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What’s the Difference Between an Integrated and Single System?

How many times does a word have to be overused before its original meaning is lost to cliché?

When it comes to the term “integrated” that threshold was passed long ago. Especially as it relates to clinical and billing technology that supports outpatient rehab private practices.

I have a google alert for “physical therapy” and within the span of a day, I get alerts for dozens of blogs, websites and ads that boast:

  • “An integrated clinical and billing solution is the best solution”
  • “Our clients utilize our integrated system to track their clinical outcomes”
  • “Take control with of your practice with our fully integrated practice management software.”

Defining “Integration”

A lot of practice management software vendors take creative liberty when they toss the term “integration” around. Most often “integrated” is slapped onto software that builds a one way bridge to another, separate, piece of software. Picture a person standing on one side of a river, shouting directions through a megaphone towards a colleague standing on the other side. Without a megaphone of their own, the recipient can only listen, not respond.

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In a best case integration scenario, information is bidirectional, which is still incredibly limiting. A single patient record does not exist but instead is stitched together from multiple locations. Because there is no single patient record (I like to call it a single source of truth), meaningful, actionable insights remain technologically impossible to achieve. Multiple reporting engines cannot provide a holistic view of a patient, let alone the practice serving them.

Data siloes and disjointed patient records are not only a problem in outpatient rehab. The entire healthcare industry is plagued by data that cannot be shared effectively between systems (despite the best integration bridges that computer science has to offer). Ask any therapist working in a hospital and they will tell you that health data interoperability is a thorny subject for all providers frustrated by their lack of access to complete and accurate patient data.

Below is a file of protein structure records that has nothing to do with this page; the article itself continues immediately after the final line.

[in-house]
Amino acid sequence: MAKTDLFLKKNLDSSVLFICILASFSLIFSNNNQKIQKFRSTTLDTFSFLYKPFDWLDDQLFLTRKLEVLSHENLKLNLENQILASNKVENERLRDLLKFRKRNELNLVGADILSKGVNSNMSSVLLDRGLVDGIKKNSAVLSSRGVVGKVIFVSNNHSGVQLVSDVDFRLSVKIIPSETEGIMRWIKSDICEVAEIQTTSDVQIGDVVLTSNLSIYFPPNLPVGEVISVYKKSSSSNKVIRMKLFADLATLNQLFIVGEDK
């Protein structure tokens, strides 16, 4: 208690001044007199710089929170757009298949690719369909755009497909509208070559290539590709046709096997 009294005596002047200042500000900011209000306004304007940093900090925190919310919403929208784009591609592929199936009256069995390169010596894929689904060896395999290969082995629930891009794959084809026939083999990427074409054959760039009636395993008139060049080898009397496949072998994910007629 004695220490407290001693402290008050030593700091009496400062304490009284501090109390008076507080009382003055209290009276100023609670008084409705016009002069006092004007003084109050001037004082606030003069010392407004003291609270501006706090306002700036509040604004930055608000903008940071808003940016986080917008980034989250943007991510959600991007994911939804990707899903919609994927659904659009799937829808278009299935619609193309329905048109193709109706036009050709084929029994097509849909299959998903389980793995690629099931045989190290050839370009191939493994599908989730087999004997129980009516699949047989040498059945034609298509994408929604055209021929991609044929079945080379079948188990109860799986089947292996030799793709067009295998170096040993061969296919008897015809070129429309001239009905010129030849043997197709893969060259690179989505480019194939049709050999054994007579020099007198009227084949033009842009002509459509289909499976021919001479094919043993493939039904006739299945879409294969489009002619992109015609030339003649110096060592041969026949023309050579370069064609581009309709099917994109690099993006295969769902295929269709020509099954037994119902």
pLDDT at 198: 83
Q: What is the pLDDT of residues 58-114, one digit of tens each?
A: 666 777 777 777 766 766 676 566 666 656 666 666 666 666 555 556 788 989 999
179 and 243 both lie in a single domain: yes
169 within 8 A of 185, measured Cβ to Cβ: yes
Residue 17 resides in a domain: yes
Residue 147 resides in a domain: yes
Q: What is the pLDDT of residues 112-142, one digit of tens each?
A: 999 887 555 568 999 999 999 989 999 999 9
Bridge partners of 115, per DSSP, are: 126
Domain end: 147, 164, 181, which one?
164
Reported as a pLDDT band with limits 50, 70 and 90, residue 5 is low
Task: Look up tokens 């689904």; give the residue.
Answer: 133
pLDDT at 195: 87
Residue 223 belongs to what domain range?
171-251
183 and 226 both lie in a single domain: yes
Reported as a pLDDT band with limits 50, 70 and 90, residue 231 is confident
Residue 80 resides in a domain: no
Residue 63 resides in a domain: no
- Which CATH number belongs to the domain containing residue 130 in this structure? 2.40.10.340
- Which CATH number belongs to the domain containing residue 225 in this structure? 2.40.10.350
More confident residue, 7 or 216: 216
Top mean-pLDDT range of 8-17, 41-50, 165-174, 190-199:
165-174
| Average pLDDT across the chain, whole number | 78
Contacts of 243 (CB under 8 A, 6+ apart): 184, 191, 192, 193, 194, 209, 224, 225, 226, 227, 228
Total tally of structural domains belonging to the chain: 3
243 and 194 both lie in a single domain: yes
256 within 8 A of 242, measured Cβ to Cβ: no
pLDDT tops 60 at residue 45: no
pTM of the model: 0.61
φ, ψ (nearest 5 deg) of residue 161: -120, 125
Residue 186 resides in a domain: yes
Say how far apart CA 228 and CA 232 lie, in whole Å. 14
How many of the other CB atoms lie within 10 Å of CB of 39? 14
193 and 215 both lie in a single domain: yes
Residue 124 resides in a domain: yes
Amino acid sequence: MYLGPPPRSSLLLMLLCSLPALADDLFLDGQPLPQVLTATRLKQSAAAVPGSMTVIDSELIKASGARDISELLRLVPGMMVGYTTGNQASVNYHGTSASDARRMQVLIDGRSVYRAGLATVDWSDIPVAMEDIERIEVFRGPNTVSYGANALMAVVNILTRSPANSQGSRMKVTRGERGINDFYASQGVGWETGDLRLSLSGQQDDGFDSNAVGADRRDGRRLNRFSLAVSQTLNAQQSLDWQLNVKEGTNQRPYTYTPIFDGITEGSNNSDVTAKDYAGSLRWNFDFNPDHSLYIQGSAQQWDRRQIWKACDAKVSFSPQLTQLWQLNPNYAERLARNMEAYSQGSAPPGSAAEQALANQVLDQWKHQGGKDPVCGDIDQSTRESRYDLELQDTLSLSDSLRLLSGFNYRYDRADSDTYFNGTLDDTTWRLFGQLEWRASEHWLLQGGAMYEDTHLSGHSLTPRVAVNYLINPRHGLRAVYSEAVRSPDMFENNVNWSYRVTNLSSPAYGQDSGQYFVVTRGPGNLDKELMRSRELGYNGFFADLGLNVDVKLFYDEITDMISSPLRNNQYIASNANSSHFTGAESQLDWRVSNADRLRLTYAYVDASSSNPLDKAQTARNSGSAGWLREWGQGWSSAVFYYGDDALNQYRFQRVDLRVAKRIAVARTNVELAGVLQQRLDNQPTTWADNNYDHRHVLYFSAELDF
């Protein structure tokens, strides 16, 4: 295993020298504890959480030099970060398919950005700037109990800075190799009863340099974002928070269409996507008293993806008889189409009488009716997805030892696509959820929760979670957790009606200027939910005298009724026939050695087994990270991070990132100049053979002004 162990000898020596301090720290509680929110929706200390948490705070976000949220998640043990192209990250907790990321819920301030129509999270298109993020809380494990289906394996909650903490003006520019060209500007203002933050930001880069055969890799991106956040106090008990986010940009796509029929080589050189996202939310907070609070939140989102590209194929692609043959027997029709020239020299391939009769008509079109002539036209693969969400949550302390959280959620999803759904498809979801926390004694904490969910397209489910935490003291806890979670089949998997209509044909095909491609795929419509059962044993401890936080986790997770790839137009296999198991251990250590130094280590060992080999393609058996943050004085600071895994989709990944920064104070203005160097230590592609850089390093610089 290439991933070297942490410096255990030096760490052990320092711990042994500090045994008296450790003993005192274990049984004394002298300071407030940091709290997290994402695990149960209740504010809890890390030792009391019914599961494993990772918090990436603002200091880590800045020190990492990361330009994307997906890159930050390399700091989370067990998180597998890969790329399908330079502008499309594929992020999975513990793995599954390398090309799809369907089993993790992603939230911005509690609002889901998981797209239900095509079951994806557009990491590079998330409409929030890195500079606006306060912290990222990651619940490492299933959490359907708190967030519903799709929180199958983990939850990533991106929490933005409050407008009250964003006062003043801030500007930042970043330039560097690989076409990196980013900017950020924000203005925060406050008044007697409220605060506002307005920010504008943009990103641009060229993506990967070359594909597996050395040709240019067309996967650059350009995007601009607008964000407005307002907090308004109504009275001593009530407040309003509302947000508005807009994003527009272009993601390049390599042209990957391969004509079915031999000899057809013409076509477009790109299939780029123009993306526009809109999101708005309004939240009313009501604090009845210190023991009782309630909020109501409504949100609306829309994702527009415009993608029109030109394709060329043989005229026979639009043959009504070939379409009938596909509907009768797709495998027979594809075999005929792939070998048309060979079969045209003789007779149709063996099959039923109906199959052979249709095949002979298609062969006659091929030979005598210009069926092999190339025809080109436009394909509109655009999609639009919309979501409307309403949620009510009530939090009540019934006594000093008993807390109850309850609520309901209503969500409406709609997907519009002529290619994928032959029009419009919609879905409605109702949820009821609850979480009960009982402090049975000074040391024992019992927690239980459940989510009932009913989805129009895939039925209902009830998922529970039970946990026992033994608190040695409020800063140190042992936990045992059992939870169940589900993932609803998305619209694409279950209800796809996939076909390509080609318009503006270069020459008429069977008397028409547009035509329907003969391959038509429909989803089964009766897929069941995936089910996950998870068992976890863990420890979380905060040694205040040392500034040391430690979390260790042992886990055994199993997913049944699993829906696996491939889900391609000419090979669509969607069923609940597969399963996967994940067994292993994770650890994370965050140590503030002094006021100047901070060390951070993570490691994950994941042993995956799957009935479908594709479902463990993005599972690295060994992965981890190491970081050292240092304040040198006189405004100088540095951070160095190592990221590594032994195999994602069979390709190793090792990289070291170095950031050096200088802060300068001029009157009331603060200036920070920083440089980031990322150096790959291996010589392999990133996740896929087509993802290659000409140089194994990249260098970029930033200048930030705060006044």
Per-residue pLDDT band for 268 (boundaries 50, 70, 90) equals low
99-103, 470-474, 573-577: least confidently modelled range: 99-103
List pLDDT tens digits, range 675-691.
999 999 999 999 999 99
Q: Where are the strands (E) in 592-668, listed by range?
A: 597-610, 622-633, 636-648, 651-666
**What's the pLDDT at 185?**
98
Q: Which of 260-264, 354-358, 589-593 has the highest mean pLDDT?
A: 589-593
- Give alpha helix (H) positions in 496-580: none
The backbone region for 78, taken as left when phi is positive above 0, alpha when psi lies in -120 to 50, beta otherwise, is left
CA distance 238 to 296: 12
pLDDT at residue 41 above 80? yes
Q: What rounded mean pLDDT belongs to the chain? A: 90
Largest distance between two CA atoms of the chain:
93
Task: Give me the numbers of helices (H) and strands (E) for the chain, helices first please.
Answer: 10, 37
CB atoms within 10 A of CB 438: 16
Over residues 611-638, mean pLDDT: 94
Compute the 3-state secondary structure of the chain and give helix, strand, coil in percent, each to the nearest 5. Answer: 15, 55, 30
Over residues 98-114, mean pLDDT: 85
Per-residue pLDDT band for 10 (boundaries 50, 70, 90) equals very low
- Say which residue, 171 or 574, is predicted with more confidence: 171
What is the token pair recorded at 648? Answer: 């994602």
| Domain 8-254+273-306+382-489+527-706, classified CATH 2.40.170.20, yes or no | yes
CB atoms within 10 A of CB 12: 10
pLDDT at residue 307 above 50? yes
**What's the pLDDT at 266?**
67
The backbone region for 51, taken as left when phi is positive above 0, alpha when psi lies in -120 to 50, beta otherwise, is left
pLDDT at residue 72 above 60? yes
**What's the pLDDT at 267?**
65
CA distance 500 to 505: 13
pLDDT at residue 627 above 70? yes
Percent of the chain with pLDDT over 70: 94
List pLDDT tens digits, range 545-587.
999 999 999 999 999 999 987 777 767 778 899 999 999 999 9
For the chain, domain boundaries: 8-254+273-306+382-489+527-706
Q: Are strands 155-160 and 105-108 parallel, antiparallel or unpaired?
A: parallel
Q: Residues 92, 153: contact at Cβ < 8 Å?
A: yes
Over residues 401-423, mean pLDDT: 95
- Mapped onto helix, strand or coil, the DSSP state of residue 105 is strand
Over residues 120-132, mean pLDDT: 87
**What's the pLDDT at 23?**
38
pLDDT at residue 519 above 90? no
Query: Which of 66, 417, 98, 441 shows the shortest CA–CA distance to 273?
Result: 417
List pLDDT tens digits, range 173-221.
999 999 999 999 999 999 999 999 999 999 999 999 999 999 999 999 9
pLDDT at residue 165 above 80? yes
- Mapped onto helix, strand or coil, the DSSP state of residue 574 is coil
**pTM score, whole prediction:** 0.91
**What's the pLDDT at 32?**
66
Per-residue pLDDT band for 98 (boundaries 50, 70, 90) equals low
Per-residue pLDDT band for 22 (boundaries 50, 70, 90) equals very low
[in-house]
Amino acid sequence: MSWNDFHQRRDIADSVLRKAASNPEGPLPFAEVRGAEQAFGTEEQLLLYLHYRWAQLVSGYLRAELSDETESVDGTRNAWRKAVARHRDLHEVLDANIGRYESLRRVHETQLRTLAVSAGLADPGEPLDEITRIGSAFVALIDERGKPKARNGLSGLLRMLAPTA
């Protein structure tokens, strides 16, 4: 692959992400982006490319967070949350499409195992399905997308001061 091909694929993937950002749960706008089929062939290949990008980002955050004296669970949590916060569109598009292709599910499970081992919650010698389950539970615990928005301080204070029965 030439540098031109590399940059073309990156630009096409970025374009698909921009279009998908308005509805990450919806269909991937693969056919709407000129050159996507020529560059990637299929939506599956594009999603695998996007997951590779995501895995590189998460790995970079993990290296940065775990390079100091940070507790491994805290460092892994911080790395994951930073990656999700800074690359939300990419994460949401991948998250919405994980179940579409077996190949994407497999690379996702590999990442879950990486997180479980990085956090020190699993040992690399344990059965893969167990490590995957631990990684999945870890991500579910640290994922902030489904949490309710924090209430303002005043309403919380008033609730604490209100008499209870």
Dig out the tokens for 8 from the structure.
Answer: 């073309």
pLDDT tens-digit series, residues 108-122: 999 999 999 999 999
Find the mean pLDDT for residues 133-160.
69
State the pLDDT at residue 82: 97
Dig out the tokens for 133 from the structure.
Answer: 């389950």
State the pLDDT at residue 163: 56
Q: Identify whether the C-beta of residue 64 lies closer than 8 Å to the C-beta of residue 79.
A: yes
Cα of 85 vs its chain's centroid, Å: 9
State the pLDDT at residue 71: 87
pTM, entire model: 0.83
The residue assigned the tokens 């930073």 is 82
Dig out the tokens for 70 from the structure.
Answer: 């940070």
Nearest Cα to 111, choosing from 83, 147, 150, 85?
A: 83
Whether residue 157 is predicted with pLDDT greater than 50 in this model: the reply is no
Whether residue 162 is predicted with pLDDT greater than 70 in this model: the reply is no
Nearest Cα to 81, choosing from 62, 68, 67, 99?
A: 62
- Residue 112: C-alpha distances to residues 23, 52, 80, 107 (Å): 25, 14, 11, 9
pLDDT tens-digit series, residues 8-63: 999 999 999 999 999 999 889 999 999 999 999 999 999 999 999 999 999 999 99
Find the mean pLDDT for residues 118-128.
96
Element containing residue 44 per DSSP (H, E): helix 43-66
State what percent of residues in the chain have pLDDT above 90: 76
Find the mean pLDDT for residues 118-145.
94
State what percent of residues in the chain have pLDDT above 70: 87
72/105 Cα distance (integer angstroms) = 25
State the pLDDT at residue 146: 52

When Integration Is Right

At the same time, integrated solutions can be useful to achieve specific business goals. For example, if you are working with a best of breed solution to engage with patients on social media and other marketing channels, integration might make sense. Similarly, there are many home exercise solutions (we love PhysioTec) that are great to simply integrate with for their niche expertise.

But when it comes to a practice’s foundational information technology (EMR, scheduling and billing applications), an integrated solution that manages multiple patient records will always leave gaps that undermine workflow and put real time, in depth analysis out of reach.

One (And Only One) Patient Record

Outpatient rehab practices need much more than a bridge between different patient records.

Effective clinical, billing and practice management software must rely on one, and only one, patient record to efficiently manage everything from patient to payment.

Unless clinical and financial information is stored in the same location, practice performance and patient management information will not be at your fingertips, let alone at your front desk staff’s when a patient is standing in front of them. And forget about meaningful practice management analysis because, as I mentioned earlier, disparate reporting engines cannot provide a complete view of an organization’s operational health.

This is the truth, regardless of how it is spun by different technology vendors: clinical and financial information has to be stored in one place.

In order to manage a practice efficiently and effectively, there must be a single patient record. This single record must be able to be mined for simple and complex insights within a moment’s notice. Anything less leaves you guessing. And an informed therapist is an empowered therapist. (Tweet this!)

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